Cusick worked under all the Browns coaches from Blanton Collier through Bill Belichick including Nick Skorich, Forrest Gregg, Sam Rutigliano, “Marty” and Bud Carson. “It’s too difficult to rate coaches as all were good leaders, fair and honest to work for,” said Cusick.
Cusick has many great and some not so great memories of his years with the Browns. The highs were the Championship games versus Denver, beating Pittsburgh after 17 consecutive losses, the double overtime playoff victory against the Jets, and the first Monday Night game, Cusick recalled.
The lowest times were the “Red Right 88” playoff loss in 1980 and “the last home game before the move to Baltimore was absolutely surreal.”
“I will always hold a place in my heart for Art Modell. Art was like a second father to me. We all know he has his faults but those of us who had the privilege to work for him will say the same. He truly cared for this players and employees. His fault, in my opinion, was he thought too often from his heart instead of his head. He truly cared for the city of Cleveland and the Cleveland fans and tried to do too much, at the same time extended himself financially to a point he could not continue. I won’t attempt to judge the outcome of his ownership but those of us who worked for him at the time know the end crushed him,” Cusick said.
As far as the current Browns Cusick says he is “really not qualified to judge the new team. I will say until you have quarterback, you will not accomplish higher goals. Still true today as it was for decades before. All great Browns teams had QBs who won. In my time there, Bill Nelson, Brian Sipe, Bernie Kosar.”
Cusick and his family took a circuitous route to Lakewood. “My parents met while both worked for the F.B.I. in the Los Angeles office. They later married and moved to San Bernardino where my father was the resident agent,” Cusick said.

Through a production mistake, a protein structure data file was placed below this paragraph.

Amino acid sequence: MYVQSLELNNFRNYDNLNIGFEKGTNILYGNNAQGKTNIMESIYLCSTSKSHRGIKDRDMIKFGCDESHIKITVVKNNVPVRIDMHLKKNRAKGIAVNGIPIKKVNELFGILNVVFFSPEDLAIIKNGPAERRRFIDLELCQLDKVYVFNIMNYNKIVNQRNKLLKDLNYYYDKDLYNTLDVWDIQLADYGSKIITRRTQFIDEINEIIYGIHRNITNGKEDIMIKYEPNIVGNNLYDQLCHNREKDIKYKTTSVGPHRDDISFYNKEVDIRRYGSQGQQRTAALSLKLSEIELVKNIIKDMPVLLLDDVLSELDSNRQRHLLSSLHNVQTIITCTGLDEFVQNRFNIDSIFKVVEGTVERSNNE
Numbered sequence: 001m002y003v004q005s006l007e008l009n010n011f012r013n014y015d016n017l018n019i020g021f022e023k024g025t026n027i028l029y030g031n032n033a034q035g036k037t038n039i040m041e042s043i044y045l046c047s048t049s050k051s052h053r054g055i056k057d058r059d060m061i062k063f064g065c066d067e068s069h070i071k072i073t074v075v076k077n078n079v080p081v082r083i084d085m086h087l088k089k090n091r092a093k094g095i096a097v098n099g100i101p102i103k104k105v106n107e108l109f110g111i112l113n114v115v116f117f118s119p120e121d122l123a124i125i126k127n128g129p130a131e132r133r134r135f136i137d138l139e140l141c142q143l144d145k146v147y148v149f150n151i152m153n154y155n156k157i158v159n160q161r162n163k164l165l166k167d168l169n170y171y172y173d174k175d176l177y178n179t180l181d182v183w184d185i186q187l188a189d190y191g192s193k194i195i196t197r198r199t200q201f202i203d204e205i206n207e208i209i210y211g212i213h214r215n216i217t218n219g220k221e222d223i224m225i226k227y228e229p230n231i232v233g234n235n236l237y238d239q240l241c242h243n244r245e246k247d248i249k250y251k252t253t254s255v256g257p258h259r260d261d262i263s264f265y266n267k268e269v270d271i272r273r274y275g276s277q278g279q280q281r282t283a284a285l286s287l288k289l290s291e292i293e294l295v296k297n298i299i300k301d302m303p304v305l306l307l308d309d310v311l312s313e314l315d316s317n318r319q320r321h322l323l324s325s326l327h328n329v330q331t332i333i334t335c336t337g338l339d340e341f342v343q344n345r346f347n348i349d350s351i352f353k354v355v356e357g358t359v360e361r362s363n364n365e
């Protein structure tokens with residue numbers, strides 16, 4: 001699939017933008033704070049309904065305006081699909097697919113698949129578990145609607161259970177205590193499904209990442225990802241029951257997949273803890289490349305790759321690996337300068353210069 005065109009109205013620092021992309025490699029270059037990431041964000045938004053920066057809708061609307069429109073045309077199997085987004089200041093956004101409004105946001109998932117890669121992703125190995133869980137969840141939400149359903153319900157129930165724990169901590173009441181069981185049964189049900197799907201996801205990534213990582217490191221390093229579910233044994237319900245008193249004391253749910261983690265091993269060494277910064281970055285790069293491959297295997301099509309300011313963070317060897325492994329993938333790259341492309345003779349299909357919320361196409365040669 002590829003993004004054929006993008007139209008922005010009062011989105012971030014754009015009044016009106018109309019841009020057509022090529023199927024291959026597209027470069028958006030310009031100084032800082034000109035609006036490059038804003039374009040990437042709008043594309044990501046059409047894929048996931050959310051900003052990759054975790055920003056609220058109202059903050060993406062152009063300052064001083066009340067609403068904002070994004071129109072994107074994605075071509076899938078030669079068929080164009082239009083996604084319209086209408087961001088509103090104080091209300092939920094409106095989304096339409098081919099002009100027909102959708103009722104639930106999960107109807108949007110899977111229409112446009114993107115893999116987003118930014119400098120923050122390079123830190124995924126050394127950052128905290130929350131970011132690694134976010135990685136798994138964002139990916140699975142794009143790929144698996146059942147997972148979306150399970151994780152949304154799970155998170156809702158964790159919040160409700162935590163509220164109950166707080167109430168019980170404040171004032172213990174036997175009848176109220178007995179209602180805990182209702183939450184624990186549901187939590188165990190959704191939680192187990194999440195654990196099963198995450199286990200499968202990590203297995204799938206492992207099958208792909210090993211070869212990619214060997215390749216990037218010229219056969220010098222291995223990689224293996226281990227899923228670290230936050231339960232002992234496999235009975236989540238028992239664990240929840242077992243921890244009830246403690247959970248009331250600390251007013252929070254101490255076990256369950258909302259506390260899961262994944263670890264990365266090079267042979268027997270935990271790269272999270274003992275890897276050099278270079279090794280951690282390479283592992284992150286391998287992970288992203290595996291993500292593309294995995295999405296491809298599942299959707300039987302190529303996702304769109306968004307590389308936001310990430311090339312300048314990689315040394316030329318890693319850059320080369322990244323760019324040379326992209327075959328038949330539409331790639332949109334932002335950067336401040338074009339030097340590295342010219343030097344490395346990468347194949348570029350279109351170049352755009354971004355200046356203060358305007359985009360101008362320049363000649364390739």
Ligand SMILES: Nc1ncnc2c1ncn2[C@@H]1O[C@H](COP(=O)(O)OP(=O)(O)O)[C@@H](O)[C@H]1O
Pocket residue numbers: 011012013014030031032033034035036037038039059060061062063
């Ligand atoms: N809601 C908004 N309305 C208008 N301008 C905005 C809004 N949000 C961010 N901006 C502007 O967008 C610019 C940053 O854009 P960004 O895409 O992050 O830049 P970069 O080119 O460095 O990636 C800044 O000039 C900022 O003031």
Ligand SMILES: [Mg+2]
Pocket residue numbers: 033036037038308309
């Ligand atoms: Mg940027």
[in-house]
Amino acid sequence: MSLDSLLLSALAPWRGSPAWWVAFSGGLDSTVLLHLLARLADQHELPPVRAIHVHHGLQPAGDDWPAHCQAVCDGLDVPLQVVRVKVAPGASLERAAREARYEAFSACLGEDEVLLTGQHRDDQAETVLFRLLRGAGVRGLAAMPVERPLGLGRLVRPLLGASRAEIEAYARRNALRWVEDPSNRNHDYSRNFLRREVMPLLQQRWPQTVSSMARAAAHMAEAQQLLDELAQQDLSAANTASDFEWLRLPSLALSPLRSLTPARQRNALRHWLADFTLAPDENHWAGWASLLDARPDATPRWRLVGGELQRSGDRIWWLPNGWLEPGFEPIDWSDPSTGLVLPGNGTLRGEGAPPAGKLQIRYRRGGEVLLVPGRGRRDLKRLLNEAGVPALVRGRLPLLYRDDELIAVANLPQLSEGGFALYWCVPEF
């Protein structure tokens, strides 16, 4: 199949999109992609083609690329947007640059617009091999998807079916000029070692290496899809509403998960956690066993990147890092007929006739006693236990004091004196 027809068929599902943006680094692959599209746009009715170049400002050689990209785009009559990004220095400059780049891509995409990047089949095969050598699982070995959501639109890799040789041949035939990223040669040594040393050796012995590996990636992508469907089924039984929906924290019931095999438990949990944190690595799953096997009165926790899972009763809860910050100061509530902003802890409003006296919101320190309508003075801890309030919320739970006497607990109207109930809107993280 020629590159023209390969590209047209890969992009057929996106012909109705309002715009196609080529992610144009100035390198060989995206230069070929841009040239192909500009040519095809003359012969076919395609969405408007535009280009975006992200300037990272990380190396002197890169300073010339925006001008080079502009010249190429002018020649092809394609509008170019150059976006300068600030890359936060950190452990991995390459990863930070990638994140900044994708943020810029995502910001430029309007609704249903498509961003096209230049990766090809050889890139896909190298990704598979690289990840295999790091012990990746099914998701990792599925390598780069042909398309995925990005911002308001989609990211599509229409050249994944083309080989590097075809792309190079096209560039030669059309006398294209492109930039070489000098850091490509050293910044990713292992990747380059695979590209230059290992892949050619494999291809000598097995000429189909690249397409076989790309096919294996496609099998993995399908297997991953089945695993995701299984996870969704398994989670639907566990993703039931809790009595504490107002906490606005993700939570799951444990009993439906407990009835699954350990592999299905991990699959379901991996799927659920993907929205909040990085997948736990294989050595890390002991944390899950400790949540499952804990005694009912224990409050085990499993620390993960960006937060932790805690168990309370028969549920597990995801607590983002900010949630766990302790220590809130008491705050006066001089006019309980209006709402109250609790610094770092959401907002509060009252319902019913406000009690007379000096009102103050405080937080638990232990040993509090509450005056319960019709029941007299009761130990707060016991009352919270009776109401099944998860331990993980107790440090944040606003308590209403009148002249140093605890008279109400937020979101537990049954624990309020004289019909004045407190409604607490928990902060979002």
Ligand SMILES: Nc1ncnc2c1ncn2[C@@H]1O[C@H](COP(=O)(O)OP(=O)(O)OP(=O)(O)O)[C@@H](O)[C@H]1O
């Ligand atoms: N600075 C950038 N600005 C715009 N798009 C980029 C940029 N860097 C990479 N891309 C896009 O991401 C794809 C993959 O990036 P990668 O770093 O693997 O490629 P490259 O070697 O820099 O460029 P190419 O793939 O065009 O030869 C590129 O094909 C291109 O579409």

Cusick, his parents and two younger brothers, Pete and Marty, moved every few years as his father moved up the ranks with the F.B.I, finally arriving in greater Cleveland. Cusick’s father, named Special Agent in Charge of the F.B.I. Cleveland office, asked fellow agents for a recommendation as to where to live. The agents in the Cleveland F.B.I. office recommended Lakewood.
The family lived on Bunts Road near Lakewood High where Cusick transferred and graduated in 1969. Cusick’s younger brother Pete, also a Lakewood Ranger, went on to distinguish himself as an All-American football player and team captain at Ohio State and as an NFL defensive lineman for the Patriots. Cusick’s brother Marty attended St. Edward High School where he excelled.
“Whenever we go back to Cleveland we make at least a drive through Lakewood. I married a Lakewood girl, Patti Schwartz, whose family home was on Woodward Avenue in Lakewood. (Her neighbor Anne Kelly married former Brown Jerry Sherk.) We maintain lifelong friendships with Lakewood and St. Edwards friends and classmates. Patti and I have many fond memories of LHS school days, classes of ’69 and ’74. We met at the Tam O’Shanter (Bonnieview and Detroit) in the days when Jim Stamper was proprietor. We have many fond memories at both Around the Corner and the West End Tavern in the 70s and 80s," Cusick recalled.
“I have been very fortunate to have been able to work for a number of NFL teams and coaches and the players. Every day was an adventure with extreme highs and lows you do not soon forget. The 2013 Detroit Lions season will be my last after 43 years,” Cusick said.
Cusick conveys his special thanks to many including “Morrie Kono, Leo Murphy, Blanton Collier, Jim Bailey, and last but not least, Art and his family.”
“My brothers Pete and Marty who played football at Lakewood and St. Edward respectively learned our fundamentals for success from our parents and from the coaches growing up in Lakewood….a place you never forget.”
Tom George can be reached at (440)734-8177 or TJGeorge1369@msn.com
50+ years proud Lakewood resident BA Journalism, THE Ohio State University, Columbus, Ohio, general assignment reporter Ohio State Lantern daily newspaper active in civic and community affairs in Lakewood for many years